While buying products online is easy and generally safe, some people do not yet "buy" e-commerce. Privacy, security, and customer service are primary issues and concerns.
"I know the technology these days does prevent people from accessing the information, but I'm still uncomfortable with it," says Internet user Christina Rye.
Companies likeABBuse the Internet to promote products.
U.S. Secretary of Commerce William Daley promotes U.S. business around the world. The Commerce Department is working to make electronic business more secure and more comfortable for consumers.
"We've been trying to work with our sister agencies in the government and, more importantly, with the private sector to get them to acknowledge that they've got to take steps," says Daley on a visit to the Triangle.
An industry group is working on e-commerce standards to satisfy consumers in the areas of privacy, security and customer service.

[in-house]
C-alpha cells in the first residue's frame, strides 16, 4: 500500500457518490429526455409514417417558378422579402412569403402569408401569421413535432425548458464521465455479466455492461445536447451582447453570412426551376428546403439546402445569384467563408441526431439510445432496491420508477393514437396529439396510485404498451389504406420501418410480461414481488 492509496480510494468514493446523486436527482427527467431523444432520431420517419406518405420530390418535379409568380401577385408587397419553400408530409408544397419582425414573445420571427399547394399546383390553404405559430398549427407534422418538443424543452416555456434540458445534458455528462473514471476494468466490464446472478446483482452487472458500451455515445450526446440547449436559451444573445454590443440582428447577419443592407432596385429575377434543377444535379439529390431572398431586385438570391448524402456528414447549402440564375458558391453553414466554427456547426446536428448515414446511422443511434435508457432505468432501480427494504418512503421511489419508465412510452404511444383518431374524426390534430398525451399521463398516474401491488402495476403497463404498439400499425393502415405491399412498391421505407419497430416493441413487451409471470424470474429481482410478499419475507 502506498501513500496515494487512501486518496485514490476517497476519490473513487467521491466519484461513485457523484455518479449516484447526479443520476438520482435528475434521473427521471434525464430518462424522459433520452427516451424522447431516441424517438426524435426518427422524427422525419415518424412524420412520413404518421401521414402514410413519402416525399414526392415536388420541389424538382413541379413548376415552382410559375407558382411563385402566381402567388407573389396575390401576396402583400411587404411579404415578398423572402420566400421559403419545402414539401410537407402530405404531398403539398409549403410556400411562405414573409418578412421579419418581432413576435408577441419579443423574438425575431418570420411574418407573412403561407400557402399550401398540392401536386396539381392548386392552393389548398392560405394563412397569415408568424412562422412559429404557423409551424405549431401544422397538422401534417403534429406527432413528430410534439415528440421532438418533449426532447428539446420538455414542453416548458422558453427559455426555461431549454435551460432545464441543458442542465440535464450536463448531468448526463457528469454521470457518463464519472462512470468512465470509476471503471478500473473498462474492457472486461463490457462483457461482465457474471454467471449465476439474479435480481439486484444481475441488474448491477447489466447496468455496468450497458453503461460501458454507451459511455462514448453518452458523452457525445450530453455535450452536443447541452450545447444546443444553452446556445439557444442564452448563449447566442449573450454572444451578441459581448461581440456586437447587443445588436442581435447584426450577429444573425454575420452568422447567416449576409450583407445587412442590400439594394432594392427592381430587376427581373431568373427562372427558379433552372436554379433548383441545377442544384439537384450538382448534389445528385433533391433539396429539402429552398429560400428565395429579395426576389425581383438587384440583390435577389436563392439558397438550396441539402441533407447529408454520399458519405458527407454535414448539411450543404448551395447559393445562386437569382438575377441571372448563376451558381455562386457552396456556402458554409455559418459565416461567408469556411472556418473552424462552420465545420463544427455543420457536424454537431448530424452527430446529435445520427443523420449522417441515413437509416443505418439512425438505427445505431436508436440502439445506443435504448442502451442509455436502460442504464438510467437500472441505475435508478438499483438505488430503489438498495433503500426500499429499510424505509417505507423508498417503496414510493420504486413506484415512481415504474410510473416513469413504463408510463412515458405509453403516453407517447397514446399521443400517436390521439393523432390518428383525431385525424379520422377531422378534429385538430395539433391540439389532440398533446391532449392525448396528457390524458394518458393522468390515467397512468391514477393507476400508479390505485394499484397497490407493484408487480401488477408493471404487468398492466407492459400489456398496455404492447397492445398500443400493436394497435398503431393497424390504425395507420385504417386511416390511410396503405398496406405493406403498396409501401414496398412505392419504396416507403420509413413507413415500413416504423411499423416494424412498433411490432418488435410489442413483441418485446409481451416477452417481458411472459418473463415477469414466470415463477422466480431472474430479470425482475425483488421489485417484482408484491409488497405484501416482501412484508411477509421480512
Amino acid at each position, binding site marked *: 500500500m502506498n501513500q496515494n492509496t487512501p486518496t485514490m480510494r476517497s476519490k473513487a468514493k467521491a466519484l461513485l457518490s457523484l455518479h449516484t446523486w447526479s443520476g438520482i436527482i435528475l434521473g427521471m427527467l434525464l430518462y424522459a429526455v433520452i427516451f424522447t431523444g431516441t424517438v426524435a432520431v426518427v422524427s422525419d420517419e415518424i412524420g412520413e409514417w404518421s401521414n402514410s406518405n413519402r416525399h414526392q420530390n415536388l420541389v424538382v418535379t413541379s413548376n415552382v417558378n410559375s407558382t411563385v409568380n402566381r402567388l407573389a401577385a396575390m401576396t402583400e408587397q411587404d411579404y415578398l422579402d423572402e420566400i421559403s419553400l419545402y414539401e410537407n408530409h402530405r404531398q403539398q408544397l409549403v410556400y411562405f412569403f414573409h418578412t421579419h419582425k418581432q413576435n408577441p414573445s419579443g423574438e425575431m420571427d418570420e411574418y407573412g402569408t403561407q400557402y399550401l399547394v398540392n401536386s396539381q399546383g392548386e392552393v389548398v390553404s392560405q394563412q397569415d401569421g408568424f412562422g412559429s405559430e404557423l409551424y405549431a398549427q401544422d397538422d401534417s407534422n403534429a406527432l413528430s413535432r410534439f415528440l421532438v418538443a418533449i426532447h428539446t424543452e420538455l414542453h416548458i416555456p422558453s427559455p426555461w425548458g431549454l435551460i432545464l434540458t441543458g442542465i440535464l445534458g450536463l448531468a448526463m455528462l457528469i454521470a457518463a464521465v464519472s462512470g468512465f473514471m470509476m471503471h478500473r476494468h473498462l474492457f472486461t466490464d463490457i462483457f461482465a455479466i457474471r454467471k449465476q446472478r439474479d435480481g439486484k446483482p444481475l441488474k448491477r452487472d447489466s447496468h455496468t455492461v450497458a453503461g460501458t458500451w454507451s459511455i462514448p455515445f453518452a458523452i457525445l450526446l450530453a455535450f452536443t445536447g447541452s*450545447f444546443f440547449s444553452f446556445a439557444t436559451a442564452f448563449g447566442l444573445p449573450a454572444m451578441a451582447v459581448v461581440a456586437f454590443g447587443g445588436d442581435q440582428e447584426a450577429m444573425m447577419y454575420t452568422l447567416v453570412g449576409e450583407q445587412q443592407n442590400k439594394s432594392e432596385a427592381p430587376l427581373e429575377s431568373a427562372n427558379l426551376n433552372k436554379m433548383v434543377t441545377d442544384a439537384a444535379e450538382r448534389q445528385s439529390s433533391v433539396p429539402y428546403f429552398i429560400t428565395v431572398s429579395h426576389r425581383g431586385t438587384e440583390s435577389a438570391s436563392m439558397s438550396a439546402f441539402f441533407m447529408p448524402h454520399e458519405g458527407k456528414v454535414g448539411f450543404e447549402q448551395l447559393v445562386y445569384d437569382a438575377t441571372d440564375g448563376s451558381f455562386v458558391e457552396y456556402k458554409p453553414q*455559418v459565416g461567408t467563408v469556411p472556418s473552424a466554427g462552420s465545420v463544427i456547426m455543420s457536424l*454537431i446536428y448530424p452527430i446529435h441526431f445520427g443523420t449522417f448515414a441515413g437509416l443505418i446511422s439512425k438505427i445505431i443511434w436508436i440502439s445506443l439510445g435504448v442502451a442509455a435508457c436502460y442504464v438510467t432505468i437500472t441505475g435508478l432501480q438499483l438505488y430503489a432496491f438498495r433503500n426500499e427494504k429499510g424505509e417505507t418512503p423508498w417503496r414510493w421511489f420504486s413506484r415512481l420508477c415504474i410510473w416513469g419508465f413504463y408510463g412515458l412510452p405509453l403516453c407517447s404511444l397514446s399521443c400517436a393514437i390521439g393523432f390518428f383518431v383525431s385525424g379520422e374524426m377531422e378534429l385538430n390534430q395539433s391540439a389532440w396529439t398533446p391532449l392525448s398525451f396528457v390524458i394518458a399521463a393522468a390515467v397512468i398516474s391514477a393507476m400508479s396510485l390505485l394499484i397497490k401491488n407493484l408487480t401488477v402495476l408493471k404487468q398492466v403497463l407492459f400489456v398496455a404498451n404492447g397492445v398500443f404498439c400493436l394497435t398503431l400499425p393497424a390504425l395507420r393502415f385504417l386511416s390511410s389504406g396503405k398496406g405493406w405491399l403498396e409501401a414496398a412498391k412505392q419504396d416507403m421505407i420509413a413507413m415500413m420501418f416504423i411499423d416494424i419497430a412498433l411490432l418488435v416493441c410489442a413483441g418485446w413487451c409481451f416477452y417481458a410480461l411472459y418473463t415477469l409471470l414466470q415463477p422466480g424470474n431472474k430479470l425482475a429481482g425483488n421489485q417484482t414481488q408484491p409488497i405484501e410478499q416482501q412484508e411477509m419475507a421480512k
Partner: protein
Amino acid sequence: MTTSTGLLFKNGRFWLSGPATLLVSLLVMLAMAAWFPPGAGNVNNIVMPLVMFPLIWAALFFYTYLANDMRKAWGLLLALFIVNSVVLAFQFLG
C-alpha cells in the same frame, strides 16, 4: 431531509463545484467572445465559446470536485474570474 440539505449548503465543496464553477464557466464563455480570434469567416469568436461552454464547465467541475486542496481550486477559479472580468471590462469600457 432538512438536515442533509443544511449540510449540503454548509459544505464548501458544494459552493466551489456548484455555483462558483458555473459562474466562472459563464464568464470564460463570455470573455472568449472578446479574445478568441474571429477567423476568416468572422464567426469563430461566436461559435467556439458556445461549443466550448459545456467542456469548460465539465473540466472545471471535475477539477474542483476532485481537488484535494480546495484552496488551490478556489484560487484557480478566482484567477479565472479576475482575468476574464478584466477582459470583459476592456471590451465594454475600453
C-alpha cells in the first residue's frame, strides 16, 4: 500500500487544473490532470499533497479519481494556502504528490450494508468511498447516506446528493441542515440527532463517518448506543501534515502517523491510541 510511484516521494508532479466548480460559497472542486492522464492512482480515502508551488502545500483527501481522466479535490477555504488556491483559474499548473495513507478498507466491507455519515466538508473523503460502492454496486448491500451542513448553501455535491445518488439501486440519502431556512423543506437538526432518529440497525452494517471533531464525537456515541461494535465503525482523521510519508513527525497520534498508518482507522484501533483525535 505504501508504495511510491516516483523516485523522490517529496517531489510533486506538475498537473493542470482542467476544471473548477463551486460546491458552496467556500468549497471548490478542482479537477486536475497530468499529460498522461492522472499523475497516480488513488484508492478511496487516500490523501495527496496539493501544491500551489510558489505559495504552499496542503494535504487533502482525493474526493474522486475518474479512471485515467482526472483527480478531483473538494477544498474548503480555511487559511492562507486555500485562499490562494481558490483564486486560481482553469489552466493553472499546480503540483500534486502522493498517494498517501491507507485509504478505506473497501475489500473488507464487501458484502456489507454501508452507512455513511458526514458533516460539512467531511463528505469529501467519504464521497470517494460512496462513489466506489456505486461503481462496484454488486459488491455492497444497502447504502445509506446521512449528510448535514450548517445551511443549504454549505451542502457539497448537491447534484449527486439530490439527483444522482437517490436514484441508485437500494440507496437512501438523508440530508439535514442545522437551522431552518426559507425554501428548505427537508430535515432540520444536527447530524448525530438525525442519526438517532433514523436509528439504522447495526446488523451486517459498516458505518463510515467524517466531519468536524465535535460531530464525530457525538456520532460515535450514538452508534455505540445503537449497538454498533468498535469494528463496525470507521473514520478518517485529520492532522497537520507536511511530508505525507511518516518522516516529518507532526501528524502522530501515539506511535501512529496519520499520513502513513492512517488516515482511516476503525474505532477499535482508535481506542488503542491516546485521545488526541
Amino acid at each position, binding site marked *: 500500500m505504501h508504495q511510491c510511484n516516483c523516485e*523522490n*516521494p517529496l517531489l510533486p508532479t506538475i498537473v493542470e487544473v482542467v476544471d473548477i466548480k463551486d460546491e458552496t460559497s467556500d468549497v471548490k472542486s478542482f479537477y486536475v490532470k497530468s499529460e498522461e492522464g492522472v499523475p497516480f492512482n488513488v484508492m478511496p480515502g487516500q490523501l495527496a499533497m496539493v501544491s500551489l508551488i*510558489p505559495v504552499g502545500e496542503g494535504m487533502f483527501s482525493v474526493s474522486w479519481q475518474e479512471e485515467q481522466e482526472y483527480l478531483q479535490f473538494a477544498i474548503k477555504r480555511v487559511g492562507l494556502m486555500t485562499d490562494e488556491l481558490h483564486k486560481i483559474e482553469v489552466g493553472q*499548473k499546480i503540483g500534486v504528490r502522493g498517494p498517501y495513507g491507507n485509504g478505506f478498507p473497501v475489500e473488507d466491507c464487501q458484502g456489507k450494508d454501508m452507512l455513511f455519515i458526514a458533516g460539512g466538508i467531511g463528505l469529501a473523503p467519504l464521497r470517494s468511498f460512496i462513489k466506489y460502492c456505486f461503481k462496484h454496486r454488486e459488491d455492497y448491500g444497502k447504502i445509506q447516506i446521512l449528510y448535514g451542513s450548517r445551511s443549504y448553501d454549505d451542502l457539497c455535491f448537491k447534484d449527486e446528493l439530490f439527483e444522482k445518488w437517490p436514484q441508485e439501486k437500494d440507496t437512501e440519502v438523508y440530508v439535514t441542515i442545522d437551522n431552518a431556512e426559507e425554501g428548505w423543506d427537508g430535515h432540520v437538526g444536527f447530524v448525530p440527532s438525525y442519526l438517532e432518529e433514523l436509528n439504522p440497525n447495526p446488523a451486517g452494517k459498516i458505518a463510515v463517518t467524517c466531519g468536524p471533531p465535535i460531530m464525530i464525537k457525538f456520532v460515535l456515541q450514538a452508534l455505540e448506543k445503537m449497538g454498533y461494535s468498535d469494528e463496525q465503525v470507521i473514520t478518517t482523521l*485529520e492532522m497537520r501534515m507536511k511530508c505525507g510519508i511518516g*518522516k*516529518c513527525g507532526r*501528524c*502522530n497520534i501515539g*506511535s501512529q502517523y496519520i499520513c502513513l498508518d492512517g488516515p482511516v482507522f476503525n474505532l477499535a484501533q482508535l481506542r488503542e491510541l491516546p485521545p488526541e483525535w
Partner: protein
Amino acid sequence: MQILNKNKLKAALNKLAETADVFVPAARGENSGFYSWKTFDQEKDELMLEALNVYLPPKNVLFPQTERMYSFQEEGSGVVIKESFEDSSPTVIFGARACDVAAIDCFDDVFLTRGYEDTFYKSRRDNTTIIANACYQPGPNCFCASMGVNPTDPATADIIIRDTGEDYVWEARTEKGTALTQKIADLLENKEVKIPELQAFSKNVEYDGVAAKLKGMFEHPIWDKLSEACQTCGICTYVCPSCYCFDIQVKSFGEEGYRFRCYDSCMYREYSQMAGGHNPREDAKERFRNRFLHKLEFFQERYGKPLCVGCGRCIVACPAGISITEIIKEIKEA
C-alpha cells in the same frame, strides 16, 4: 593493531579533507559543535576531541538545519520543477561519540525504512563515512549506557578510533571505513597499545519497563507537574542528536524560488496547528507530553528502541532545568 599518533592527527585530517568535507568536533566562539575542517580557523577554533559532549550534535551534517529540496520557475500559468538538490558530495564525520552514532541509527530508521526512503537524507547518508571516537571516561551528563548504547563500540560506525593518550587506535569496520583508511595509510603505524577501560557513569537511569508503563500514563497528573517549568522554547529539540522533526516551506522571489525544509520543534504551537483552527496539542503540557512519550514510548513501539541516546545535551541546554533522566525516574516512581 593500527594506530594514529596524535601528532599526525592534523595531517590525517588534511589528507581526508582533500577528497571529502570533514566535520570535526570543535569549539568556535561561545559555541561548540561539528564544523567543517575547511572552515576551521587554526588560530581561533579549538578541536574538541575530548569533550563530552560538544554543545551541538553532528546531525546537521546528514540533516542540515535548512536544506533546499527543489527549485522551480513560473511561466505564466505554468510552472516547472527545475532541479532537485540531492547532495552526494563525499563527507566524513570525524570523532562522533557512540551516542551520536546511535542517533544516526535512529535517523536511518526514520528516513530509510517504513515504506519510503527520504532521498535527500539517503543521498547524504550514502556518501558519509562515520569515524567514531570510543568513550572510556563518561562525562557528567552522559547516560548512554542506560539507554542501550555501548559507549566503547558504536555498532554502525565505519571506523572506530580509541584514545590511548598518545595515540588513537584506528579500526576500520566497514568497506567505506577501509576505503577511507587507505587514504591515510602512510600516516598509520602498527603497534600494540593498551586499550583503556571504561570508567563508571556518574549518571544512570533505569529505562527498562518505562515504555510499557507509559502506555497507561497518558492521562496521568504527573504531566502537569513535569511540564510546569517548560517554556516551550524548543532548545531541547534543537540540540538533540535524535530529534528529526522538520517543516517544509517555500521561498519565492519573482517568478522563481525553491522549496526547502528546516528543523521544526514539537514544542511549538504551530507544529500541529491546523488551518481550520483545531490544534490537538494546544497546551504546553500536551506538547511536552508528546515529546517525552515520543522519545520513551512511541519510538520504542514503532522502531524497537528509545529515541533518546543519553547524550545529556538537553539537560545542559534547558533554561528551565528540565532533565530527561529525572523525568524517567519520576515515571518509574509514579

"They should know who they're buying from, they should know the policies of privacy and return policies, all those things they would take for granted in a store," says Daley.
Some consumers take e-commerce on faith.
"I guess you could run into some problems, but I guess I kind of believe that it works," says Internet user Dave Griffin.
Some businesses do not believe in e-commerce at all.
"A lot of companies are thinking more likely that they don't want to go into it because they are afraid that there's something that might just happen that would not benefit their company," says Enid Bonilla, of E-Trading Global Services.
Despite the issues, e-commerce continues to grow, but maybe not in Secretary Daley's home.
"Even though there's been an explosion of e-tailing, as it's called, I'm still one of those that's more comfortable probably going to the mall," admits Daley.
The group trying to set these new standards meets Tuesday.
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